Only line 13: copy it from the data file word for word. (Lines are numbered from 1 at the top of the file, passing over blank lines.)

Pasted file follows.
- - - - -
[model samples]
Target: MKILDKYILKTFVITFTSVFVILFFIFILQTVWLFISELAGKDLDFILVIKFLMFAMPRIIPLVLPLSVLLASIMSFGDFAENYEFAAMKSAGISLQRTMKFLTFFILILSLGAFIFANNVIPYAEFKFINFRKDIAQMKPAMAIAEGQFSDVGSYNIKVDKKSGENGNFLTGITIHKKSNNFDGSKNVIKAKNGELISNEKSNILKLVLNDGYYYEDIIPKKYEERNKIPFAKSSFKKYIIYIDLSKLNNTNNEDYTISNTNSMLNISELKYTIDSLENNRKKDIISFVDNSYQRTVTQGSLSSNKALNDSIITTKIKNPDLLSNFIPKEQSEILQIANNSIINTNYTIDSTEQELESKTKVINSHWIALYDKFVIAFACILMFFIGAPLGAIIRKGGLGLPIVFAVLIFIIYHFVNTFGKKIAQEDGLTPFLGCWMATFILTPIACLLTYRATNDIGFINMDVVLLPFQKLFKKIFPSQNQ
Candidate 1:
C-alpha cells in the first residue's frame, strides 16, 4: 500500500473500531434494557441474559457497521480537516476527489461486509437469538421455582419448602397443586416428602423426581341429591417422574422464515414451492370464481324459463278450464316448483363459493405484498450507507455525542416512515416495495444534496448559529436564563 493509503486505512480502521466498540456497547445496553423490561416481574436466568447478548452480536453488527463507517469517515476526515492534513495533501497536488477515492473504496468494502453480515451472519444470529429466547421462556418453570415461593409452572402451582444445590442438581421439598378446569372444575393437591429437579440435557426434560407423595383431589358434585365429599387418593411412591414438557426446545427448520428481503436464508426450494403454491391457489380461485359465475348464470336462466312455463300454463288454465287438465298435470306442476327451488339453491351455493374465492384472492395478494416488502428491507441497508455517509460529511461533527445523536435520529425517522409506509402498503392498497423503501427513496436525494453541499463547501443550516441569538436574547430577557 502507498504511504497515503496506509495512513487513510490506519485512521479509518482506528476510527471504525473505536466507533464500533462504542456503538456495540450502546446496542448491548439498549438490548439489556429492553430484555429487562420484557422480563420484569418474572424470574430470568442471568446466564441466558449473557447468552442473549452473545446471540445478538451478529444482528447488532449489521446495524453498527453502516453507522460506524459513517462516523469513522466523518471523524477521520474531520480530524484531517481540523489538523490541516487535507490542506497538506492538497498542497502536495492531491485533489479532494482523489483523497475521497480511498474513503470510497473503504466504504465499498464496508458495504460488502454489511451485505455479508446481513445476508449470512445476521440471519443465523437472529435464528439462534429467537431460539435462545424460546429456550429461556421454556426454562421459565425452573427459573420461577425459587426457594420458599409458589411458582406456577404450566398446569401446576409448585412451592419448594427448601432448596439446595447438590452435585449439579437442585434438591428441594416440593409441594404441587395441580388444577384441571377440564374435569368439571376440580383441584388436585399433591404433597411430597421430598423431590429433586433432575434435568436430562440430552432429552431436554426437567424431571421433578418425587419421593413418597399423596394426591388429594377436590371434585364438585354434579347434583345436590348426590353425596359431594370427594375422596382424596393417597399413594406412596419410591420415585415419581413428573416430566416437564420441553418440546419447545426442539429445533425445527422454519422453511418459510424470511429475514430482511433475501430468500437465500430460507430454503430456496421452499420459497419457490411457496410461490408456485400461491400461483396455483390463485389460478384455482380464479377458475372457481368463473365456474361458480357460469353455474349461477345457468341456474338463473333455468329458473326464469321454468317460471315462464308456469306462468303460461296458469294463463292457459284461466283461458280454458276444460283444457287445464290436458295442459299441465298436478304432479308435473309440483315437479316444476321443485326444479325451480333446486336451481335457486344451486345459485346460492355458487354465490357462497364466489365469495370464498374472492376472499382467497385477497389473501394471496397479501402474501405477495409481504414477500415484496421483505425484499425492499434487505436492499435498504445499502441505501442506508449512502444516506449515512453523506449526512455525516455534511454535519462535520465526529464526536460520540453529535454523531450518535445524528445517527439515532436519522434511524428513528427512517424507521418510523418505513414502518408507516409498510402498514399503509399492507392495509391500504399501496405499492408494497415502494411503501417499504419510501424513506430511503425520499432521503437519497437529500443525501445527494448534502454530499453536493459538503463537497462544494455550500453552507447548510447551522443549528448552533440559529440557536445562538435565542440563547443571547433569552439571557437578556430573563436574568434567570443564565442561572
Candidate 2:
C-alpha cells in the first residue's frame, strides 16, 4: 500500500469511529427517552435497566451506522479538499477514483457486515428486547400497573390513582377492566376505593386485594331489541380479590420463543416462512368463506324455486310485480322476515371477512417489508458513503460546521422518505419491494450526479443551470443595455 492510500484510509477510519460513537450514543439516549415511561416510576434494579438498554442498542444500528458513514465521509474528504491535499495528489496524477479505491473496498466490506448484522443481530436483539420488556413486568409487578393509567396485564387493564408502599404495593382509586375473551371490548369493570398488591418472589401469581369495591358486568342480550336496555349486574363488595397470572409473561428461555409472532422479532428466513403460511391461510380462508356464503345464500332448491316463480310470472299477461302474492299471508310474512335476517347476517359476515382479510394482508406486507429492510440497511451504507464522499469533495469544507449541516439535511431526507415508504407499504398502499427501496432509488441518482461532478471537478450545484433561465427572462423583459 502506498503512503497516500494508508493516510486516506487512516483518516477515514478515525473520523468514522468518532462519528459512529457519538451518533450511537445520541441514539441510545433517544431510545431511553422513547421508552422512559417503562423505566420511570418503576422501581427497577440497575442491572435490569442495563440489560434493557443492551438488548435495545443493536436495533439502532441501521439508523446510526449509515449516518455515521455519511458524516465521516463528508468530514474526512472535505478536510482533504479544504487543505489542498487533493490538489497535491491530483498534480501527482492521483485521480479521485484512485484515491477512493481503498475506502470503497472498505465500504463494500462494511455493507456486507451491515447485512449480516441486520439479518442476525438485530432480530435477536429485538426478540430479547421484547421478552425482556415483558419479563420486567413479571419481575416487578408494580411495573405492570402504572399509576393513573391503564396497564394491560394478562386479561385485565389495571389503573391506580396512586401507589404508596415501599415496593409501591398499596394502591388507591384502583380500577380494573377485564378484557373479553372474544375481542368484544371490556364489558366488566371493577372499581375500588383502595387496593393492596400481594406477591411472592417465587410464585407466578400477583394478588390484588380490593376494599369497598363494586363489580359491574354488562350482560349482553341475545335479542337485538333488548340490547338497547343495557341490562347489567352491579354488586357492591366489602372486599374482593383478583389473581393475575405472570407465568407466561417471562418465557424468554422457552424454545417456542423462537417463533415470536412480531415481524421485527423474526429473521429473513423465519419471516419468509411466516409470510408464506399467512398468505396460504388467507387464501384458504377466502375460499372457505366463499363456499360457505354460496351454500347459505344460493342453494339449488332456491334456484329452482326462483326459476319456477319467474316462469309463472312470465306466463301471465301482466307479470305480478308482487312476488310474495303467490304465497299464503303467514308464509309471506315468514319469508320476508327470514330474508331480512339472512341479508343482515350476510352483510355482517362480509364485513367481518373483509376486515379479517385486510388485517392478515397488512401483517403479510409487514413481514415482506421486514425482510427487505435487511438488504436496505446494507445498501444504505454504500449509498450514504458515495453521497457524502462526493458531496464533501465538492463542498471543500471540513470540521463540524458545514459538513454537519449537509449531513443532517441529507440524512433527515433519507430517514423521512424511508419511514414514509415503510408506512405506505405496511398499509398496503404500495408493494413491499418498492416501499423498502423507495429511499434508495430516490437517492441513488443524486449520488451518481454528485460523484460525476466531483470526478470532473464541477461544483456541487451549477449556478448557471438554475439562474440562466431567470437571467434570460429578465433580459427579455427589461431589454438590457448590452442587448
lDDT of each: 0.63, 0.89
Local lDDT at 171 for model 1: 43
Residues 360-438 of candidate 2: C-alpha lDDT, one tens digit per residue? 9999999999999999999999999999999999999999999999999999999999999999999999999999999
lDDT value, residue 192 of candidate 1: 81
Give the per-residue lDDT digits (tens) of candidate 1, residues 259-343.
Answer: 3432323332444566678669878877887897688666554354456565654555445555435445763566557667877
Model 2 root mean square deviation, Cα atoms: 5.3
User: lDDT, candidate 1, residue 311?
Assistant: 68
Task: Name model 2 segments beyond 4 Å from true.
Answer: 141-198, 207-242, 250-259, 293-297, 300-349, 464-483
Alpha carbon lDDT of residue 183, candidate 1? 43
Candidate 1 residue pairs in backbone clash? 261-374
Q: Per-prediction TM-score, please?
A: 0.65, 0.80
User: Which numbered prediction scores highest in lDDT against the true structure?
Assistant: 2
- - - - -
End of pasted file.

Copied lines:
Model 2 root mean square deviation, Cα atoms: 5.3